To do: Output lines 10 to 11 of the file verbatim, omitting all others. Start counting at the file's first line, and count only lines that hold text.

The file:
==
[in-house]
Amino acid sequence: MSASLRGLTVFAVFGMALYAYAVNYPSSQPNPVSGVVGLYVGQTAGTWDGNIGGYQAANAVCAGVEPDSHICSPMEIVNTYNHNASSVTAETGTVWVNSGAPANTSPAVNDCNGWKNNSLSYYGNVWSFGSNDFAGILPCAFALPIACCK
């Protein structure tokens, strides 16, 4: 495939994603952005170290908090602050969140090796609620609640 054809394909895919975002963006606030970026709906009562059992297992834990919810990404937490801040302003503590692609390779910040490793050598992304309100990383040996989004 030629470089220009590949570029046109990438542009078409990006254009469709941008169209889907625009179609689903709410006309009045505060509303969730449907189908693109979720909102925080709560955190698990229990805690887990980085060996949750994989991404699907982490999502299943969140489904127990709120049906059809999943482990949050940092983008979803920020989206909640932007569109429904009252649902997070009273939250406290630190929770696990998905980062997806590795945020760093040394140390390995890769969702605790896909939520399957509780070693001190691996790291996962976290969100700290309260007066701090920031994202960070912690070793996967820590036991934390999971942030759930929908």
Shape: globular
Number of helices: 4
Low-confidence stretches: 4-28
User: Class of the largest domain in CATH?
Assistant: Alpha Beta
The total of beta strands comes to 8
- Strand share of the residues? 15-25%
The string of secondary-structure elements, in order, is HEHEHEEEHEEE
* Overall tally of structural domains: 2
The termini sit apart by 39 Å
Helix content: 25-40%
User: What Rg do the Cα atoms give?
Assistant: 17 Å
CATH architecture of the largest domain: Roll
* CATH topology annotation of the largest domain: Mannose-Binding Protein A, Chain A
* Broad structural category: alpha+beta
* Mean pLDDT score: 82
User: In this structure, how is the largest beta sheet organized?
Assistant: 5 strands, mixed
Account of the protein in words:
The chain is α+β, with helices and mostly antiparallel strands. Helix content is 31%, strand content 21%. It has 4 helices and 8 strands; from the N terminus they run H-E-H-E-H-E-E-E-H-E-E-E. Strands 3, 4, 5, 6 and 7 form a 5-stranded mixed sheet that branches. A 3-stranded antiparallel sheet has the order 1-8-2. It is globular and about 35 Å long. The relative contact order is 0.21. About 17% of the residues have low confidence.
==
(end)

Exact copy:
- Strand share of the residues? 15-25%
The string of secondary-structure elements, in order, is HEHEHEEEHEEE